Rain keeping wine industry on its toes

STILL WORKING: Harvesting contractors at work in Stump Creek Lane near Rapaura continue to harvest as the dark clouds linger over the region.
STILL WORKING: Harvesting contractors at work in Stump Creek Lane near Rapaura continue to harvest as the dark clouds linger over the region.

Rain continues to cause stress for Marlborough's wine industry, but it's not only growers and wineries feeling the pain.

Harvester drivers, hand-pickers and truck drivers who transport the fruit were all struggling with the wet conditions.

Vintage Harvesters owner Jason Tripe said the weather was not affecting their machinery too much, but for trucks the slushy conditions were causing problems.

"The last few days have been challenging and a rush to get the last of it in. It's because of the ground conditions the vehicles are getting stuck. It is stressful and there is more pressure when the weather is like this."

They had to be careful about where they harvested and thoroughly check truck access to avoid getting stuck, Tripe said.

"We are having difficulty with the trucks rather than the harvesters and the tractors. We normally have good luck with the weather but every now and then we get a wet end harvest."

Tripe hoped they would finish harvesting this weekend because his workers were starting to feel the effects of their long shifts.

"This time of the season they are getting pretty tired. They will be pleased to get a day off and have a full night's sleep."

Grapeworx Marlborough owner Mack Pouwhare said they were still hand harvesting at a slow pace but hoped to be done by tomorrow.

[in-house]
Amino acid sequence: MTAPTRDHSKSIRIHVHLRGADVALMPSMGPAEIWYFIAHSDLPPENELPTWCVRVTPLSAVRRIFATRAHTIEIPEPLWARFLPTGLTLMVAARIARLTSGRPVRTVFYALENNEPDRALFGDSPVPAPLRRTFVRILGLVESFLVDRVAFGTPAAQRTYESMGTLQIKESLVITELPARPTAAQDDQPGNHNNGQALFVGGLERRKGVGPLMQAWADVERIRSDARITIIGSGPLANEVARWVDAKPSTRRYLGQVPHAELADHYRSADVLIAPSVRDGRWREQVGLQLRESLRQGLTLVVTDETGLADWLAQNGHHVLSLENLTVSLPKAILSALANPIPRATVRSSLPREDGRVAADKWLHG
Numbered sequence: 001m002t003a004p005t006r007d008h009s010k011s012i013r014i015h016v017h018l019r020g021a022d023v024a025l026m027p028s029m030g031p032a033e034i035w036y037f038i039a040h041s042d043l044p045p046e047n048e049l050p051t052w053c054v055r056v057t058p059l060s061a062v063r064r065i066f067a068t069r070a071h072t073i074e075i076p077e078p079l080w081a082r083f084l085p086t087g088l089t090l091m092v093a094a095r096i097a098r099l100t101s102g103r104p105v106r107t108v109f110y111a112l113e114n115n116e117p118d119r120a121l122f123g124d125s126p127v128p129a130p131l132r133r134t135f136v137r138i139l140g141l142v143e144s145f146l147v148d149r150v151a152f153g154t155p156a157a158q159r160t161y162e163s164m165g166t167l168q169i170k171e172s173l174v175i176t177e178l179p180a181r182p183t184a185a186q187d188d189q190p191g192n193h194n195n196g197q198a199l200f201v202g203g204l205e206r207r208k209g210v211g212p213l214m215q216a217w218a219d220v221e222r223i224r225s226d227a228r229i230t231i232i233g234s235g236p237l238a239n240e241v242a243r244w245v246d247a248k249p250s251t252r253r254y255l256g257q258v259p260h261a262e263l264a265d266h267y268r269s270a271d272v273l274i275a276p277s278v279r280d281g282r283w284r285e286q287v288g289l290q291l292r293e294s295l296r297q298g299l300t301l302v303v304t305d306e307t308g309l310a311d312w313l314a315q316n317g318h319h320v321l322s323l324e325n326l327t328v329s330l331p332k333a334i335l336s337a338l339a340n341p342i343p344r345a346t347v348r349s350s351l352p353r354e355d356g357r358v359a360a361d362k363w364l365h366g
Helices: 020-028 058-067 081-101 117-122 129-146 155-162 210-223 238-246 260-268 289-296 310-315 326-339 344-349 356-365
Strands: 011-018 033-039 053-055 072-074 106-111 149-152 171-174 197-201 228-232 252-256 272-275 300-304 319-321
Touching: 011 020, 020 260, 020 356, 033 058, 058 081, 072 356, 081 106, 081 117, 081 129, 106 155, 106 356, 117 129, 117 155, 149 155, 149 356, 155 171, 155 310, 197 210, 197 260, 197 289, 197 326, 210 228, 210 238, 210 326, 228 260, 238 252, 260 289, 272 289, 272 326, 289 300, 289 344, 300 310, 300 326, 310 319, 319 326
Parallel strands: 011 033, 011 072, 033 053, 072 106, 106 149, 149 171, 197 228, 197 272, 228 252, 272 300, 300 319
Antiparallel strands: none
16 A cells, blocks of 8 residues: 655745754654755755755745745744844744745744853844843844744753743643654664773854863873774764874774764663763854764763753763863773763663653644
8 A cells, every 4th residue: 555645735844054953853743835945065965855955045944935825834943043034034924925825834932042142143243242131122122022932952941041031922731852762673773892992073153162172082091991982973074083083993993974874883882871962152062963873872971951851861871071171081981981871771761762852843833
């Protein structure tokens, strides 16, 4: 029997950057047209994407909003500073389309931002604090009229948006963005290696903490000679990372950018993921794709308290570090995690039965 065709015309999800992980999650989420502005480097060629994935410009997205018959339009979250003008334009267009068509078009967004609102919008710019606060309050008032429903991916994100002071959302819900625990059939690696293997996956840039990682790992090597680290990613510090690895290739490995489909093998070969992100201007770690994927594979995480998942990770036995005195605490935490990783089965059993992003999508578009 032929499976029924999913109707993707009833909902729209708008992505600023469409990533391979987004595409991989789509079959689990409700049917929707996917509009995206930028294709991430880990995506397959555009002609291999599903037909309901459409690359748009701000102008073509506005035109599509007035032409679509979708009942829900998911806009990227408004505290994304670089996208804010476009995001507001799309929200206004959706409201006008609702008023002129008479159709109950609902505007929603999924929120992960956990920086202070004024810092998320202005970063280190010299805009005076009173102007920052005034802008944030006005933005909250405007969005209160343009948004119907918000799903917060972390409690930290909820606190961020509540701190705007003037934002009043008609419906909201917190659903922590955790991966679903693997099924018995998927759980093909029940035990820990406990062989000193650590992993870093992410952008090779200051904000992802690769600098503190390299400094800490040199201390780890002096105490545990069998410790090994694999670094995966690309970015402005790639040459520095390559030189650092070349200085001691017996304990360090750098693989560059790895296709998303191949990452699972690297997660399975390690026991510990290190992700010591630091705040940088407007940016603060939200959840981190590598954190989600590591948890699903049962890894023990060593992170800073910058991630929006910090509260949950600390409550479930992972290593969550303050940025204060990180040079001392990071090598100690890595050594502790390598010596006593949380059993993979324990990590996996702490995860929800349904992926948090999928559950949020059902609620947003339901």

"With the botrytis and slip skin it has been hard, we have been struggling to get on top of it. There is still a lot of fruit out there."

Wineries were capping their intake as normal, though some were taking an extra 5 or 10 tonne per hectare if the fruit was good, Pouwhare said.

"It's given us a bit of extra work so that's good."

Wine Marlborough general manager Marcus Pickens said the wine industry was no different to any other primary industry - there was always the risk of bad weather.

He said there were no relief funds available to growers who had lost crops.

"It's an agriculture risk. There are many forms of contracts between the grower and the wineries. Most have quality parameters. It depends on the contracts. With farming there is always risk. You've just got to grin and bear it."


Hundreds of millimetres of rain has fallen in Marlborough over the past week, with more forecast for the next few days.

Since 9am last Tuesday until yesterday morning the region has been hit hard by inclement weather.

Fairhall had so far borne the brunt with a total of 75mm of rain over the past week, followed closely by Wairau Valley town with 74mm.

Rapaura had received 67mm over the past week

Upper Awatere Valley recorded 62mm

Coastal Wairau Valley 60mm

Waihopai Valley 59mm

Southern Valleys 50mm

Seddon with 42mm

Ward with 42mm

The Marlborough Express